Review: “MLK/FBI” explores the US government’s grudge against the iconic leader

Justin RemerDocumentary, Movies, Reviews, TheatricalLeave a Comment

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mlk fbi stillThis Friday, January 15, on the 92nd anniversary of Martin Luther King, Jr.’s birth, a new documentary about the iconic civil rights leader will hit select theaters and video-on-demand. MLK/FBI is a bracing reminder that King’s acceptance as a mainstream political figure did not come during his life. While modern political pundits try to frame his nonviolent protests as more “proper” than the recent uprisings seen in response to racial violence and inequality, this film reminds us that King was widely hated in his time and considered a threat to national security.

MLK/FBI dips somewhat into King’s history with the civil rights movement in the 1950s, but the film mostly focuses on the time between the 1963 March on Washington — where King delivered his “I Have a Dream” speech — and King’s assassination in 1968. It was during this era that J. Edgar Hoover realized King’s influence had grown to a national — even international — scale. And Hoover didn’t like it one bit. He put all the muscle of the FBI into digging up dirt on King to discredit him and derail his work.

The FBI’s surveillance of King initially focused on his relationship with Stanley Levison, who was a supporter of the American Communist party in the ’50s. Levison was a consultant and a friend to King, and though publicly King claimed to have broken off contact with Levison, the FBI’s wire taps discovered this was not the case.

mlk fbi posterWith this discovery as ammunition, Hoover got the okay from Attorney General Robert Kennedy to expand the surveillance to include microphones placed in King’s hotel rooms when he traveled. During the surveillance, it was discovered that King would bring women to his room. The FBI reports describe incidents of orgies and violence, although the historians interviewed for this film share suspicions that some of these accounts are exaggerated and dotted with inconsistencies.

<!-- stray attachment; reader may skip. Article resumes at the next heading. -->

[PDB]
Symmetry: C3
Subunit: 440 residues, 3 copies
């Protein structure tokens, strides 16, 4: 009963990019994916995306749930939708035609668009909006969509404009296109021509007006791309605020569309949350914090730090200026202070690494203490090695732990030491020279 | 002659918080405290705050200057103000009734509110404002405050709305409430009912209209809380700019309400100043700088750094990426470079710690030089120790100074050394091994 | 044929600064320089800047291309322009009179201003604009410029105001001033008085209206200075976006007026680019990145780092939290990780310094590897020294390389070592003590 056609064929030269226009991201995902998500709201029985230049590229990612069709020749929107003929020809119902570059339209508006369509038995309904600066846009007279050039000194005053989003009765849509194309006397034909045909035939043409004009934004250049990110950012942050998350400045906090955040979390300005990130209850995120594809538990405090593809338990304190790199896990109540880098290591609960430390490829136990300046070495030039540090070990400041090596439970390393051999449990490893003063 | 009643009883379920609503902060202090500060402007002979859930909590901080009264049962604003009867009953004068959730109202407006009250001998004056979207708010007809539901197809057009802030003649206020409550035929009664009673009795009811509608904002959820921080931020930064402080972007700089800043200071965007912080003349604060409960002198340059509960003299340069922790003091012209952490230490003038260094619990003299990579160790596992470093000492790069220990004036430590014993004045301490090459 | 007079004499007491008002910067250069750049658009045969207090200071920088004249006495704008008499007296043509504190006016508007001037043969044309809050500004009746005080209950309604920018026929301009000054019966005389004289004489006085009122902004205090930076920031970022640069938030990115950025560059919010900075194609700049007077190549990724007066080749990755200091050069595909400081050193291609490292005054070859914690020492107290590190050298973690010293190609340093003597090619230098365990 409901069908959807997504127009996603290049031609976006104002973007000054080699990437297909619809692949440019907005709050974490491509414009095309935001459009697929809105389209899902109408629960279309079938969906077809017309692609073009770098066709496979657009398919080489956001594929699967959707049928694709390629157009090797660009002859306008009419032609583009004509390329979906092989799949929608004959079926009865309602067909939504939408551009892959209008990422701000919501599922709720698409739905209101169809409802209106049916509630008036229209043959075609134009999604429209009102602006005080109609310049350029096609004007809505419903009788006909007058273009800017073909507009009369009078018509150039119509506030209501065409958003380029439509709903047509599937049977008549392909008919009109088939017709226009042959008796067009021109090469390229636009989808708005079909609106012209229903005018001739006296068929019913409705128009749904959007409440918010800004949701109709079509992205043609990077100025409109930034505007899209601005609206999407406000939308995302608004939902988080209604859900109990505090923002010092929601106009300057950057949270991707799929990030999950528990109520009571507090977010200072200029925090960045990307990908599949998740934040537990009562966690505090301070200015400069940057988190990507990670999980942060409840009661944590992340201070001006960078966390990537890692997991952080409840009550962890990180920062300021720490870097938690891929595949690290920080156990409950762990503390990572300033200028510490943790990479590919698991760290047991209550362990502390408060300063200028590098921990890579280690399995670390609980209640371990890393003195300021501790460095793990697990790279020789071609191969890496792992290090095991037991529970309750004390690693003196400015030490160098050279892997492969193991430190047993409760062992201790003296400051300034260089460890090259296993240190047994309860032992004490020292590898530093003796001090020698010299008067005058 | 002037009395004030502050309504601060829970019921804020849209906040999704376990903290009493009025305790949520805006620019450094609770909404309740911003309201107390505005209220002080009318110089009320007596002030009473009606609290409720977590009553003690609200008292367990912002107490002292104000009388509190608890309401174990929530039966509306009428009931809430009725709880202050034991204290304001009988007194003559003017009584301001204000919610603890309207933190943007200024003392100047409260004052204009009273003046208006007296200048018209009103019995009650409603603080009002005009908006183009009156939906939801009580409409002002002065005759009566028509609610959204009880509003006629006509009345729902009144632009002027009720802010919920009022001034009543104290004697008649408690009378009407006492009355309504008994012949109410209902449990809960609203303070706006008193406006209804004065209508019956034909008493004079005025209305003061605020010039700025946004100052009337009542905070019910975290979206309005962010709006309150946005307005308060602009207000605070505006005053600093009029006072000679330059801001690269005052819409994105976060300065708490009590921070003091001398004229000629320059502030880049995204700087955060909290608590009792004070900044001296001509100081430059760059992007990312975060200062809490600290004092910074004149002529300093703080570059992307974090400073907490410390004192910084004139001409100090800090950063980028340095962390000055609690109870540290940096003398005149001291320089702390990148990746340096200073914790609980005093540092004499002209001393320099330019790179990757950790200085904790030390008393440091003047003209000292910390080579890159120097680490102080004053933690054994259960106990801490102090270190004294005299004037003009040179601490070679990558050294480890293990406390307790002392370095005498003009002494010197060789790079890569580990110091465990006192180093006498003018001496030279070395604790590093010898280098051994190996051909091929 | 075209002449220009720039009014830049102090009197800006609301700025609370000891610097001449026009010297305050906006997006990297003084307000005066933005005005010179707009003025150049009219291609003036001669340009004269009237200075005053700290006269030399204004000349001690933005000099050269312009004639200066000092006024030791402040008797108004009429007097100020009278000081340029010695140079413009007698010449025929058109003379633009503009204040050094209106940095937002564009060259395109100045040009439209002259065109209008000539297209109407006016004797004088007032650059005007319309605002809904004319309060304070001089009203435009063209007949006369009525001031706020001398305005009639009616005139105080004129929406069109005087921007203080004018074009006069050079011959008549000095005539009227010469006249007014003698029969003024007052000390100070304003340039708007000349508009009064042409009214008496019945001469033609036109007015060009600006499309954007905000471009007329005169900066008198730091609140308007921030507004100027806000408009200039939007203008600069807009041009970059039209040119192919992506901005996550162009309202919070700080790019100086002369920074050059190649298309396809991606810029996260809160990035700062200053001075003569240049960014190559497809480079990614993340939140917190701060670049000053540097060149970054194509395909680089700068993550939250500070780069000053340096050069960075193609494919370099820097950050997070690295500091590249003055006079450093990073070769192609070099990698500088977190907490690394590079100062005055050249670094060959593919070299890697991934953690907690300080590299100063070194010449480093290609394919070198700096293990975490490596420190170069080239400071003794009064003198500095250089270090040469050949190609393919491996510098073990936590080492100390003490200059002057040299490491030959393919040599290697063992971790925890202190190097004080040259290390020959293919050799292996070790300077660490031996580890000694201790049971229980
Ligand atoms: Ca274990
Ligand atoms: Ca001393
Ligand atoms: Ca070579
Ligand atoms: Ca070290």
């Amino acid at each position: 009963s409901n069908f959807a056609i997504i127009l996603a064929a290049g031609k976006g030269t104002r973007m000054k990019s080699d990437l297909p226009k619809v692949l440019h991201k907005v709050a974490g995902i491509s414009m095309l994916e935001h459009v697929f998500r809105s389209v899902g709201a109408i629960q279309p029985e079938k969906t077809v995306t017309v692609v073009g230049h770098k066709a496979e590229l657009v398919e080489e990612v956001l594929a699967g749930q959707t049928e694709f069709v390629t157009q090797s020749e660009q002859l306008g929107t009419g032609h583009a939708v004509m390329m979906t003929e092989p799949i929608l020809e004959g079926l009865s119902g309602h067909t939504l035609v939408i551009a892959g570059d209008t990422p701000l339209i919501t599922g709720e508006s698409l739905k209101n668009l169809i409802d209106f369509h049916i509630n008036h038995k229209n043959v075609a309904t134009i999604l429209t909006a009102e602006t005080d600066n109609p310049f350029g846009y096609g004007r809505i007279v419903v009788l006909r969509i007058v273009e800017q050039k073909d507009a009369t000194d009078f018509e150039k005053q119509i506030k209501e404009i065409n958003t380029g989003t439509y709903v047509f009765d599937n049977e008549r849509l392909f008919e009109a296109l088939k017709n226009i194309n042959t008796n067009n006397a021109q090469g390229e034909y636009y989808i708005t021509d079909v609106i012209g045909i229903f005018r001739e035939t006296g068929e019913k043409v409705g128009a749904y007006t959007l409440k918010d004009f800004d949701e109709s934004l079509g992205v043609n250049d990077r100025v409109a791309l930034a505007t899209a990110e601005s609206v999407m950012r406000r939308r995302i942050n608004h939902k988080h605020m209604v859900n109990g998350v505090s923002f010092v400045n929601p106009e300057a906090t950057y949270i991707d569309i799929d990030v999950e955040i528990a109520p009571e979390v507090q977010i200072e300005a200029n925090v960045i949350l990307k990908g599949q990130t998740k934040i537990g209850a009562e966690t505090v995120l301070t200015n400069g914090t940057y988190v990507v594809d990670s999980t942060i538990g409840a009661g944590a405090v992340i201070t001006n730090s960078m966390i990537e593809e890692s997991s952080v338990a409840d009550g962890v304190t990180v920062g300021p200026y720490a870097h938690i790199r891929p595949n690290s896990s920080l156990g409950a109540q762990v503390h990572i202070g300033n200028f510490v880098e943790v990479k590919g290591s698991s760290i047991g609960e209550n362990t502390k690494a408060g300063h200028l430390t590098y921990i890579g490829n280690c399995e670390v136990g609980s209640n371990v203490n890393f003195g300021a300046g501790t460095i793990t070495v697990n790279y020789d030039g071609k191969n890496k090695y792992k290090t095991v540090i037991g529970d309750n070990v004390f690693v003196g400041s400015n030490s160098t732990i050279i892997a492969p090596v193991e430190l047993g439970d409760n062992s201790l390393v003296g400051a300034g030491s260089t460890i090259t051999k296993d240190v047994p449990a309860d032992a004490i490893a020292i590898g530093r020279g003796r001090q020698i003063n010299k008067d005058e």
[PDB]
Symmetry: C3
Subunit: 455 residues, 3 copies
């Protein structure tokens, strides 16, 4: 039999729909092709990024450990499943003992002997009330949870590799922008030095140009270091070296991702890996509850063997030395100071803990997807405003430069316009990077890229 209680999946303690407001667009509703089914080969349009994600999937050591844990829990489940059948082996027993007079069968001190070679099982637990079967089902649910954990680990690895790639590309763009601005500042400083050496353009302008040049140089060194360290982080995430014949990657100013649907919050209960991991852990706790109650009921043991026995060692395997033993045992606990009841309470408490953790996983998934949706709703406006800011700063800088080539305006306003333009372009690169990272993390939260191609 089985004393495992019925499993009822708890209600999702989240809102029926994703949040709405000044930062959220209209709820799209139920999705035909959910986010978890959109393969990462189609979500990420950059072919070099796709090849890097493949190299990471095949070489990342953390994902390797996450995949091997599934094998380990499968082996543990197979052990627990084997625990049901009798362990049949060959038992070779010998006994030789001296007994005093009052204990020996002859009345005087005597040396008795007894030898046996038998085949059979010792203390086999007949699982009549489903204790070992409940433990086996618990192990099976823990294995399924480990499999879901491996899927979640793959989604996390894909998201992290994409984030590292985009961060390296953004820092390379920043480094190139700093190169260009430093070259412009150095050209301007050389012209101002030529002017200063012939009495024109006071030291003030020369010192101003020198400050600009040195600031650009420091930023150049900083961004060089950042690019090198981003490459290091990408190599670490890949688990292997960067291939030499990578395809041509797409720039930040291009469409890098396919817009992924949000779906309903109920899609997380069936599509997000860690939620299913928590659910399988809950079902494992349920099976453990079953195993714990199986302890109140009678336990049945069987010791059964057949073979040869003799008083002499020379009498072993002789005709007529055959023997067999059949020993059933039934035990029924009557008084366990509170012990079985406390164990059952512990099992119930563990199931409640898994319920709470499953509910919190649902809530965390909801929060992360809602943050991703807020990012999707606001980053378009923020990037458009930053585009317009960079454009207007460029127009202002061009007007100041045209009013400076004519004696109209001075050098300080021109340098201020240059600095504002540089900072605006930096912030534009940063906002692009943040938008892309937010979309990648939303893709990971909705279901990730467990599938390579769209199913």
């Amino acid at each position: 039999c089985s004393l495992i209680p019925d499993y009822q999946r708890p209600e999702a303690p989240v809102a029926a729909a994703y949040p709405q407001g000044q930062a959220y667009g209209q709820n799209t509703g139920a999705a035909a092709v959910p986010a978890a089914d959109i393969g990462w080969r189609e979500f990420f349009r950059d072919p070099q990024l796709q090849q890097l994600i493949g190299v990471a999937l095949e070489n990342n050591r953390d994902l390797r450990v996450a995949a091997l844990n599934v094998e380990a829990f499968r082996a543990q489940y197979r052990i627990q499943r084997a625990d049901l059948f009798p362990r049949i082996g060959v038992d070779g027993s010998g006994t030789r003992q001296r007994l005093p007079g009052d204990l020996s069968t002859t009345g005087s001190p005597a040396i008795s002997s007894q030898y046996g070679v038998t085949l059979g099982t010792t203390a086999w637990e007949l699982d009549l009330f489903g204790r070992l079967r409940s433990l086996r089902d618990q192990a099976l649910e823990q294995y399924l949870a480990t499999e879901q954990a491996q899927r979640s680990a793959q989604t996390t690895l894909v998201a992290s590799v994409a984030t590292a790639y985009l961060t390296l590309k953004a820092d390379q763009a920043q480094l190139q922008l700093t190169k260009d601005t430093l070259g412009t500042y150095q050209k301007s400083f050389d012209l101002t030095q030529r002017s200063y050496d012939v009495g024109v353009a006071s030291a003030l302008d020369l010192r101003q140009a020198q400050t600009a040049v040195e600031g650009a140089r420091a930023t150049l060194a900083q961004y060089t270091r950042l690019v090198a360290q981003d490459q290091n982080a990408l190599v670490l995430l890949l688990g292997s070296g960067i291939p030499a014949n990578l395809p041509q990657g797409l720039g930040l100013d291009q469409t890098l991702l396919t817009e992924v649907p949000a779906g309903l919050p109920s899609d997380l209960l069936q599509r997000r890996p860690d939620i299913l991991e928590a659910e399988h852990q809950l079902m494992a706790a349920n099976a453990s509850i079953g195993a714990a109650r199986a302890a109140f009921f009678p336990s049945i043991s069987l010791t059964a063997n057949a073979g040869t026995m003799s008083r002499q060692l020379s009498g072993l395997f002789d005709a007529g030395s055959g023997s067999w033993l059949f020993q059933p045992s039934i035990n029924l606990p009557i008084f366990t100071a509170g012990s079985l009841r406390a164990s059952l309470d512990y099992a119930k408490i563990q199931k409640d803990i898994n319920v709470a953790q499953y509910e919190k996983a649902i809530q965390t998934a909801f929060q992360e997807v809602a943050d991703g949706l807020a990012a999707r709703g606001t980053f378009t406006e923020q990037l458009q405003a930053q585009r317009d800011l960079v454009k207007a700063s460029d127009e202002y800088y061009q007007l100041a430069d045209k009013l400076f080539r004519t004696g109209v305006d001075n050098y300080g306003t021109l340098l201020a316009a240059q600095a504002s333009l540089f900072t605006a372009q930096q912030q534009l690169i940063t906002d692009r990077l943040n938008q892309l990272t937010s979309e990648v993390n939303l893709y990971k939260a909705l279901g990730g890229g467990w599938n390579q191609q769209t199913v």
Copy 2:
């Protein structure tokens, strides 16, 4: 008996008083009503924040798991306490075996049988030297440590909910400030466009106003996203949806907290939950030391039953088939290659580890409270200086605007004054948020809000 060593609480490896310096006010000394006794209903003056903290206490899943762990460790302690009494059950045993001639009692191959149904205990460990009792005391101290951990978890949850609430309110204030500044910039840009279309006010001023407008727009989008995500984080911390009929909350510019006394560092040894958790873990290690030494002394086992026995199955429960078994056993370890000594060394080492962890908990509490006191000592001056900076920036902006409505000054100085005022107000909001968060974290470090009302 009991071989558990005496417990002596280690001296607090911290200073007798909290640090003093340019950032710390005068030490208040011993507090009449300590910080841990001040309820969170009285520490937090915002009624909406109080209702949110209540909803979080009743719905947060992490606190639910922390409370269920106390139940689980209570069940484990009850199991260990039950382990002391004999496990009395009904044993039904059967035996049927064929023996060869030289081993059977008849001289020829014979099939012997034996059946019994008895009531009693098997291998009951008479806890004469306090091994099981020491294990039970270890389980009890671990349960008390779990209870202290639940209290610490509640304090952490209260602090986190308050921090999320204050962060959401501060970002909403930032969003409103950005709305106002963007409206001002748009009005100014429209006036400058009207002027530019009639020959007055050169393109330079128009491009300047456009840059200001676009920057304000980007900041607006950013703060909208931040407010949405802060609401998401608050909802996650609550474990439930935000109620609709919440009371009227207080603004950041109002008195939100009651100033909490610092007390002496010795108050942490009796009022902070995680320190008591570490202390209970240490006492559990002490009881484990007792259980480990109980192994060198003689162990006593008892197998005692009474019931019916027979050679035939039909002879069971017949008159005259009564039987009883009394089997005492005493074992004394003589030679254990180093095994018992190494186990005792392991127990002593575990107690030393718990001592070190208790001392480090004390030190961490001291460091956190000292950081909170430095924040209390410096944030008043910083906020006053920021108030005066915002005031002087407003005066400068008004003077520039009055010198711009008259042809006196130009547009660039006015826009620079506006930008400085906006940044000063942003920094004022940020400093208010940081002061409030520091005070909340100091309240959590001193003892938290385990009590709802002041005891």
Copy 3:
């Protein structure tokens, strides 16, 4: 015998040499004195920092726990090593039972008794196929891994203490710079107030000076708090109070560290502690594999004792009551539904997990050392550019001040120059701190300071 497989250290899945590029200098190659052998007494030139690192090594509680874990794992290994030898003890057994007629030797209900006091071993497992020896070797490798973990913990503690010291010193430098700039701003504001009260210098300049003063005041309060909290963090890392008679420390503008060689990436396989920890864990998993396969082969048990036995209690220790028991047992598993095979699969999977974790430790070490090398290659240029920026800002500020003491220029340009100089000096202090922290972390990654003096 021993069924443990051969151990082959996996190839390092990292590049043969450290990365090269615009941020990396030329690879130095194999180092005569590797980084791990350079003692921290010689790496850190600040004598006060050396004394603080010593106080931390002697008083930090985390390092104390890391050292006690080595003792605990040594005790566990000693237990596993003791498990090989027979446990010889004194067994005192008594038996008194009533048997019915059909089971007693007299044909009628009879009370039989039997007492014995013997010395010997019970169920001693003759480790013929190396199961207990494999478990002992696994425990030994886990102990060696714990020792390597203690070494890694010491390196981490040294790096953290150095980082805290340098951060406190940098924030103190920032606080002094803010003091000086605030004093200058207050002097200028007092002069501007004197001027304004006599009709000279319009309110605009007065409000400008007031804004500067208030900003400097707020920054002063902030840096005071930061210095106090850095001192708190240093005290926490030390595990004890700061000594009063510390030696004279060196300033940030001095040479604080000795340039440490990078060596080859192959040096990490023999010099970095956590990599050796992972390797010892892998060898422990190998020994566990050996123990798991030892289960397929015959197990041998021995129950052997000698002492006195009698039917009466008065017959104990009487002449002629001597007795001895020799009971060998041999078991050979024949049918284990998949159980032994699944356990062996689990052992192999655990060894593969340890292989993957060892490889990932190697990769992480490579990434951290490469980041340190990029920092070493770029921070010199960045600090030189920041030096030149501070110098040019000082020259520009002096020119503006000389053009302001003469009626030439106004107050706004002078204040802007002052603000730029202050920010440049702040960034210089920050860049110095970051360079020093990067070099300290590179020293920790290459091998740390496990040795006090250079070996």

In theory, all will be revealed in 2027, when the FBI’s tapes will be made public. Director Sam Pollard asks his interview subjects what this might mean for the legacy of King and whether these invasions of privacy belong in the historical record. The subjects seem ambivalent about what their moral duty is in this situation, but also seem to agree that having a deeper understanding of a person and their flaws often does less harm to their public image than people like Hoover would hope.

This sequence is the only one in the film where talking heads are seen. Throughout the rest of the film, Pollard and his editor Laura Tomaselli rely entirely on archival footage and photographs for the visuals while the interview material is heard. Pollard — whose documentary career as director, producer, and editor spans over 30 years and includes seminal works like Eyes on the Prize and 4 Little Girls — does not retread overly familiar clips from this era. Instead, we are shown a combination of news footage, propaganda films, and even feature films and TV.

Pollard uses these clips to illustrate how the American people were indoctrinated by pop culture to believe in the goodness of the FBI. Hoover’s PR savvy was part of his genius, and it helps explain why the majority of Americans were on his side when he publicly branded King as an untrustworthy liar.

Prior to his assassination, King was becoming more of a political outsider by following his conscience. King initially deferred to President Johnson after the signing of the Civil Rights Act, but eventually enough was enough and he came out staunchly against the Vietnam War. He spearheaded the Poor People’s Campaign to get the government to take the money it was investing in war and put it into bringing people out of poverty instead.

Pollard’s film shows how far the nation has come in terms of attitudes and values — and, sadly, it shows how little has changed too. Without drawing explicit parallels, MLK/FBI‘s descriptions of the turmoil and harassment endured by King and the others in the protest movement can’t help but echo events we’re seeing documented and recounted on the news and in social media today.

I’m sure many modern viewers think they know the story of Martin Luther King. But, like most great histories, MLK/FBI illuminates and examines moments from the past in a way that feels startlingly fresh and relevant. This is a must-see.

MLK/FBI opens in select theaters and is available through video on demand starting Friday, January 15.
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*Remembering Timothy Leary in My Psychedelic Love Story
*Belushi seeks to find the man behind the comedy
*City So Real is a rich, kaleidoscopic portrait of Chicago
*Dick Johnson Is Dead is a poignant and darkly funny look at grief

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Justin RemerReview: “MLK/FBI” explores the US government’s grudge against the iconic leader